We’ve talked about this kind of scheme before. The traditional scam starts with Company A, Company B and the fraudster who jumps in between the two. The scammer uses an email address almost identical to the one used by a business executive at Company A as he communicates with a vendor or customer at Company B. The scammer is trying to convince Company B to route a payment into the scammer’s personal bank account instead of the Company A account. Usually the businesses have a long-standing relationship, and a request to have a big-dollar invoice paid by wire transfer doesn’t raise any flags.
In some cases, the bad guy actually hacks into the email account of the CEO or CFO at a victim company. This allows him to get in to read, receive or send emails at will. As an added twist, he can set rules within the email account to automatically forward to himself any email that includes a particular keyword or is from a particular sender. The emails pass through the legitimate executive’s account in a virtual sense – but that executive may never even see them as they get deleted from his inbox immediately.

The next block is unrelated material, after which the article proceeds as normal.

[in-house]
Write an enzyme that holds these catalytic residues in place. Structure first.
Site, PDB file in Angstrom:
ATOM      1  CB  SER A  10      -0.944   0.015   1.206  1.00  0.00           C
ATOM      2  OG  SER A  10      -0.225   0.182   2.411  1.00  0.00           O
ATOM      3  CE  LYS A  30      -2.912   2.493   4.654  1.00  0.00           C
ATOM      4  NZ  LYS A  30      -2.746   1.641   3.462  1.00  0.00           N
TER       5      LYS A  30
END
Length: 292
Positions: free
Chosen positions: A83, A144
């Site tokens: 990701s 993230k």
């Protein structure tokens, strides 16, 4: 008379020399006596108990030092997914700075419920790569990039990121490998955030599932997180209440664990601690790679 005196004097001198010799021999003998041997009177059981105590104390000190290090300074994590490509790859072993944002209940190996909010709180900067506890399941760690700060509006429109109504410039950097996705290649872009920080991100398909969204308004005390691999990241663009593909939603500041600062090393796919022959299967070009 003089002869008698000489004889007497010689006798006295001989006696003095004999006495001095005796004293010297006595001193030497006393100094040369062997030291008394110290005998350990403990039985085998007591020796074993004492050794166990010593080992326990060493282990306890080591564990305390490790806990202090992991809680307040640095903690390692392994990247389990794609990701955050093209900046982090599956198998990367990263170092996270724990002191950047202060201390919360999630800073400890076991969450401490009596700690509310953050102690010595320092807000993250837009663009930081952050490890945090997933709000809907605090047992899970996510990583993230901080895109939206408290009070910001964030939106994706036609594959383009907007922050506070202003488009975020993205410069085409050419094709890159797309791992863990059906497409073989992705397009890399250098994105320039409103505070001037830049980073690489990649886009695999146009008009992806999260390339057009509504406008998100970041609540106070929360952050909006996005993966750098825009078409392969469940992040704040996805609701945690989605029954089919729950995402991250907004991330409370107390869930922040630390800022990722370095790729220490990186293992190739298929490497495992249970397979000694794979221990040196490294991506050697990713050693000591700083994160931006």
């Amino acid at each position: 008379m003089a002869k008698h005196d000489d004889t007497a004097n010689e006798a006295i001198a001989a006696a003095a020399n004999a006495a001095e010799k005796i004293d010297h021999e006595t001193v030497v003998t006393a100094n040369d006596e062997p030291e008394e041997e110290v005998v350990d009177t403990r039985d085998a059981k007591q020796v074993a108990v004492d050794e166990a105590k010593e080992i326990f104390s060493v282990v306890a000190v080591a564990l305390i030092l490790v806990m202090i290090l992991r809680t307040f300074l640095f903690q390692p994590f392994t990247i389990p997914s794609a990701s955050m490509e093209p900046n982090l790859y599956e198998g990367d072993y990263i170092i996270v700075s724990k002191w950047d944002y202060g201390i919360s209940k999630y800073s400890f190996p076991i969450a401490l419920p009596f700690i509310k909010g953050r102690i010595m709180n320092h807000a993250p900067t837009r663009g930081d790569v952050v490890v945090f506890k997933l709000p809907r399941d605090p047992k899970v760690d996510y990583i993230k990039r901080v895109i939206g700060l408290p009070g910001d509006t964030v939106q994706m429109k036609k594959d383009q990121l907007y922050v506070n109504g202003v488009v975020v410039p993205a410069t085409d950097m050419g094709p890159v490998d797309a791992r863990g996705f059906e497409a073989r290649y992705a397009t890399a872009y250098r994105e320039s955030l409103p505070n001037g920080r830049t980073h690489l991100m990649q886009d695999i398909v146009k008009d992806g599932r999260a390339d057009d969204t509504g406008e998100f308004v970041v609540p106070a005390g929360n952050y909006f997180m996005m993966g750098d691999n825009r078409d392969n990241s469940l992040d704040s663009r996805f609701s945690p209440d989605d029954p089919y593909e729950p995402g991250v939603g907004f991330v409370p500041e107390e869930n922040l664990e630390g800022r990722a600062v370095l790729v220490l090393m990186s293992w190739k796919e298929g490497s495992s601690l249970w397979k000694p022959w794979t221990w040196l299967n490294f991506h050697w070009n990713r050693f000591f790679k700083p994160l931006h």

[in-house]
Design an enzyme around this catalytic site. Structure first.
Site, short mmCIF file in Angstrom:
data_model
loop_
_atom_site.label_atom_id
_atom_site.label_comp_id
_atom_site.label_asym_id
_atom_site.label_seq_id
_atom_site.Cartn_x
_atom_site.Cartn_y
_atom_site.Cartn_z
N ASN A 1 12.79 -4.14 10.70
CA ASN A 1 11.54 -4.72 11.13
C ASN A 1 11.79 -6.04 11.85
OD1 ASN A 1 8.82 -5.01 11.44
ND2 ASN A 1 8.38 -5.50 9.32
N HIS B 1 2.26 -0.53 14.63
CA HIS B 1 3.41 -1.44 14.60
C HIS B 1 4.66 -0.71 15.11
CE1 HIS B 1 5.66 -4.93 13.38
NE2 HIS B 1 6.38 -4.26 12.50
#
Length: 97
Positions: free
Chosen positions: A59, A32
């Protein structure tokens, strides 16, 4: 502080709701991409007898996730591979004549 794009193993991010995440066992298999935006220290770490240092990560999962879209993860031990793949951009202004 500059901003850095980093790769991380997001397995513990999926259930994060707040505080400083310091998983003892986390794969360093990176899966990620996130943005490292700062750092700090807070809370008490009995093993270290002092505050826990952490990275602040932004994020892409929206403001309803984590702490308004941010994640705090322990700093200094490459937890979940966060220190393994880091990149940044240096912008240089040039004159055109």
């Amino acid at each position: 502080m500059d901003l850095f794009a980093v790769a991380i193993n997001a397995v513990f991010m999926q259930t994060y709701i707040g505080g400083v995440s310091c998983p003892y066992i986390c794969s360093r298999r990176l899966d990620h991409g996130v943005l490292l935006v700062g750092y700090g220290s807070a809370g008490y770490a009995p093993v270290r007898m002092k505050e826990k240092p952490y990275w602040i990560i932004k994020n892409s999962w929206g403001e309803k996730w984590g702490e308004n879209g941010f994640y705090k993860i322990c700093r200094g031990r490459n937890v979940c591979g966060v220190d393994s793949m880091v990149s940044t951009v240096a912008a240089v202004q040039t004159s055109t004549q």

One of the biggest problems that we in law enforcement face in stopping these crimes is that people don’t report when they do realize they are victims – or they wait several weeks to report it. This time lag allows the bad guys to move and hide the money overseas before we even have a chance to stop the transaction through the banks.
So what can businesses do? Here are a few options:
If you have been victimized by this scam or any other online scam, contact the FBI immediately. You can file an online report at the FBI’s Internet Crime Complaint Center at www.ic3.gov or call your FBI local office.